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Socio-economic status and body composition outcomes in urban South African children
  1. P L Griffiths1,2,
  2. E K Rousham1,
  3. S A Norris2,
  4. J M Pettifor2,
  5. N Cameron1,2
  1. 1
    Department of Human Sciences, Loughborough University, Loughborough, UK
  2. 2
    Mineral Metabolism Research Unit, Department of Paediatrics, University of the Witwatersrand Medical School, Parktown, South Africa
  1. Paula L Griffiths, Loughborough University, Department of Human Sciences, Loughborough LE11 3TU, UK; p.griffiths{at}


Objective: To determine which aspects of socio-economic status (SES) measured at birth and at ages 9 or 10 years, are associated with body composition at ages 9 or 10 years.

Design: Mixed longitudinal cohort.

Setting: Johannesburg-Soweto South Africa.

Participants: A sub-sample of the Birth to Twenty (Bt20) cohort (n = 281) with data on birth weight, height, weight, fat and lean tissue (whole body dual-energy x ray absorptiometry (DXA)), and birth and ages 9 or 10 years SES measures.

Main outcome measures: Linear regression was used to estimate the influence of birth and ages 9 or 10 years SES measures on three outcomes: fat mass index (FMI) (fat mass (kg)/height (m)4), lean mass index (LMI) (lean mass (kg)/height (m)2), and body mass index (BMI) at ages 9 or 10 years controlling for sex, age, birth weight and pubertal status.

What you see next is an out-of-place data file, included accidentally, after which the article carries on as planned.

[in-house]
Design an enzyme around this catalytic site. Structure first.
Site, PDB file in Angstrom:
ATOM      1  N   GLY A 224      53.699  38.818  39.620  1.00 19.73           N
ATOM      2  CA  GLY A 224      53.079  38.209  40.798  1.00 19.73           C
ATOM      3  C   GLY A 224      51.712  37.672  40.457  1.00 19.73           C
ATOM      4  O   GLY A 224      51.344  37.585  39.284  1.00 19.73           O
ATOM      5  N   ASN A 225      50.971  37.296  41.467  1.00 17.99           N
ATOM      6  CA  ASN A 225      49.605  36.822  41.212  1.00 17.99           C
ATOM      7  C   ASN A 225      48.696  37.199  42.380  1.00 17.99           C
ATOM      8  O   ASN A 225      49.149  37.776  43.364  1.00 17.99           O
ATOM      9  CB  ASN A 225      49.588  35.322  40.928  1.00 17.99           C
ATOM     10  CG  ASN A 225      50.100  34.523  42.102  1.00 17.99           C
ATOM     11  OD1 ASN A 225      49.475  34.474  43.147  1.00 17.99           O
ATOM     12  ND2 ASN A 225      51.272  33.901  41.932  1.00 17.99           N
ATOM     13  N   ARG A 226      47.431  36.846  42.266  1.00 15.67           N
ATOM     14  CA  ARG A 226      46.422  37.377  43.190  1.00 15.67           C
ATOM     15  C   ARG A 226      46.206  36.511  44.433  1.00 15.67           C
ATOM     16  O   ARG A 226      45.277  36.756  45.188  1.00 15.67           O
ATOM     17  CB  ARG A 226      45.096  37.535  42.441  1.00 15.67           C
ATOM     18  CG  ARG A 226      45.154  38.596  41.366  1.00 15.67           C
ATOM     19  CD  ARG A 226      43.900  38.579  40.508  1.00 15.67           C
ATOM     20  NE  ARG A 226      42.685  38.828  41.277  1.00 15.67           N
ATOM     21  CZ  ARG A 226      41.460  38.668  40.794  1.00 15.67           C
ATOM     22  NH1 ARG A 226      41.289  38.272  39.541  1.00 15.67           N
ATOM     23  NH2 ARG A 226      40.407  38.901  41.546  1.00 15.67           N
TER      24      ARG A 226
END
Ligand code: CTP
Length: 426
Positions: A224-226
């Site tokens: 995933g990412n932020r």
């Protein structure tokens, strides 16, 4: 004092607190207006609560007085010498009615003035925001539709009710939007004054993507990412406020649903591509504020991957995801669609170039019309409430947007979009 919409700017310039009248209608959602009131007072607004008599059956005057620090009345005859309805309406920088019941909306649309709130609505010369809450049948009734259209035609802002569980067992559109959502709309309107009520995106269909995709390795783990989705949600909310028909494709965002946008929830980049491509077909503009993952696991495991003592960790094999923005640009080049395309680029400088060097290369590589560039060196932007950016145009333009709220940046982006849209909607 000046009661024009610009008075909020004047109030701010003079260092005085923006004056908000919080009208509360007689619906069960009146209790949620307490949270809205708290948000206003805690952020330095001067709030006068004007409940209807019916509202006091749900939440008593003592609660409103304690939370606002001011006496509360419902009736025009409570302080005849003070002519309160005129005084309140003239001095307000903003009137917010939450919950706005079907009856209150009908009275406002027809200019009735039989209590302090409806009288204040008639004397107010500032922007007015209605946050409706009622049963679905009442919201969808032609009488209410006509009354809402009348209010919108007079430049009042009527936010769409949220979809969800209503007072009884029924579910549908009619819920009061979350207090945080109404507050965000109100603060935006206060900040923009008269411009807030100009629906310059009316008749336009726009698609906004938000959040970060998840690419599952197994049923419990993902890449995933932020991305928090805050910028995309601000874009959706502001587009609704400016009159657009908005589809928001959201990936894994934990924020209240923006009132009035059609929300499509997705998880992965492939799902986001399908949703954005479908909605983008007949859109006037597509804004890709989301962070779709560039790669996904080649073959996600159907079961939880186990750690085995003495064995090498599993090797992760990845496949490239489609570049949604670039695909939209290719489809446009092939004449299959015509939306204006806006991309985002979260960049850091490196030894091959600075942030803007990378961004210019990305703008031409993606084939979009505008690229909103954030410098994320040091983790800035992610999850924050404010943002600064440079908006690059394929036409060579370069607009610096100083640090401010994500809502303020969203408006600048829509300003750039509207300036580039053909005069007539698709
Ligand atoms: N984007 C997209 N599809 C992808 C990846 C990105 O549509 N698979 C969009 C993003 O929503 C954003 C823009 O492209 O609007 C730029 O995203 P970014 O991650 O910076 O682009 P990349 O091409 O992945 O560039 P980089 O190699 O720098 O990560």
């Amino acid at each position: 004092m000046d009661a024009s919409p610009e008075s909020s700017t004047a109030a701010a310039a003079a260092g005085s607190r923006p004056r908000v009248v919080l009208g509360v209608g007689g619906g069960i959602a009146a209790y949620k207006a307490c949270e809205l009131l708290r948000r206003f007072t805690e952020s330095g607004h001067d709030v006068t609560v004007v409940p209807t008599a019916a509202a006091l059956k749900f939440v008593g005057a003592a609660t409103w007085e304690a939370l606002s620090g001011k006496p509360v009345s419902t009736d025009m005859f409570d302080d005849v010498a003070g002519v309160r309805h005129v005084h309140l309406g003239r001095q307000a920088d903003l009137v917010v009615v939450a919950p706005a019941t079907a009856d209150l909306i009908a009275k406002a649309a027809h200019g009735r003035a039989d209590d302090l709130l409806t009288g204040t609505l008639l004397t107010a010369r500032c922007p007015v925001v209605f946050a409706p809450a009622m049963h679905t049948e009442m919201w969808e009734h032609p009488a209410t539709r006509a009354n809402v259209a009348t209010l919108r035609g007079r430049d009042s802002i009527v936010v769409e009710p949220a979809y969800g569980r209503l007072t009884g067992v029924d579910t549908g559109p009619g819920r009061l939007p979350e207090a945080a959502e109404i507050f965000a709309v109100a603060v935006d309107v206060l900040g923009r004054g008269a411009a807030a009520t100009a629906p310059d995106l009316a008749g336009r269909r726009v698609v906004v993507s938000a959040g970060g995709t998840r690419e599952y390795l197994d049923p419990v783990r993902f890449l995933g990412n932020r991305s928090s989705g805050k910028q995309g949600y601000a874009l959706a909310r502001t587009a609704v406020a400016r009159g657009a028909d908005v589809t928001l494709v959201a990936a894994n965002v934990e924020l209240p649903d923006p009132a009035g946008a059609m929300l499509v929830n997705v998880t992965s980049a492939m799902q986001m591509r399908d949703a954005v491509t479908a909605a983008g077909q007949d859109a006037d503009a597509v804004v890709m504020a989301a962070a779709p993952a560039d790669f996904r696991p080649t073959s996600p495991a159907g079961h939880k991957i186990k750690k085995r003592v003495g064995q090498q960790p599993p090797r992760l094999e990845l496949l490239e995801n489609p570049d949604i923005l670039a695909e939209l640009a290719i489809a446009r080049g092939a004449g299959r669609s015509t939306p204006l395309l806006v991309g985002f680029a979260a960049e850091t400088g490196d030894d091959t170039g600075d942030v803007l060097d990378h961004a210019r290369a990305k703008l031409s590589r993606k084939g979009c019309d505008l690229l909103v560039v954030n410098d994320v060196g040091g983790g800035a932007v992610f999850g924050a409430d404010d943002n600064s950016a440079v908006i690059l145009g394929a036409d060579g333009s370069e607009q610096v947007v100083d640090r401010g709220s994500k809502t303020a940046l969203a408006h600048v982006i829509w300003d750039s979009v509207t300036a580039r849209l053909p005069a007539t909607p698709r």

Results: Compared to the lowest SES tertile, being in the highest birth SES tertile was associated with increased LMI at ages 9 or 10 years (β = 0.43, SE = 0.21 for white and black children and β = 0.50, SE = 0.23 for black children only), whereas children in the high SES tertile at ages 9 or 10 years had increased FMI (β = 0.46, SE = 0.22 for white and black children, and β = 0.65, SE = 0.23 for black children only). SES at birth and at ages 9 or 10 years accounted for 8% and 6% of the variance in FMI and BMI, respectively (black children).

Conclusions: These findings underline the importance of examining SES across childhood ages when assessing nutrition inequalities. Results emphasise the need to consider lean and fat mass as well as BMI when studying SES and body composition in children.

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  • Funding: Bt20 receives financial and logistic support from the Urbanisation and Health Programme of the South African Medical Research Council; the Anglo-American Chairman’s Fund; Child, Youth, and Family Development of the South African Human Sciences Research Council; and the University of the Witwatersrand. The Bone Health study is financially supported by the Wellcome Trust (UK). The socio-economic analysis is funded by the Medical Research Council (UK) grant id 70363 awarded to PLG.

  • Competing interests: None.

  • Ethics approval: Ethical approval was granted by the ethics committees of the University of the Witwatersrand, South Africa and Loughborough University, UK.

  • Patient consent: The primary caregiver gave written informed consent for their child to participate in the research at each assessment visit and the child provided written ascent.

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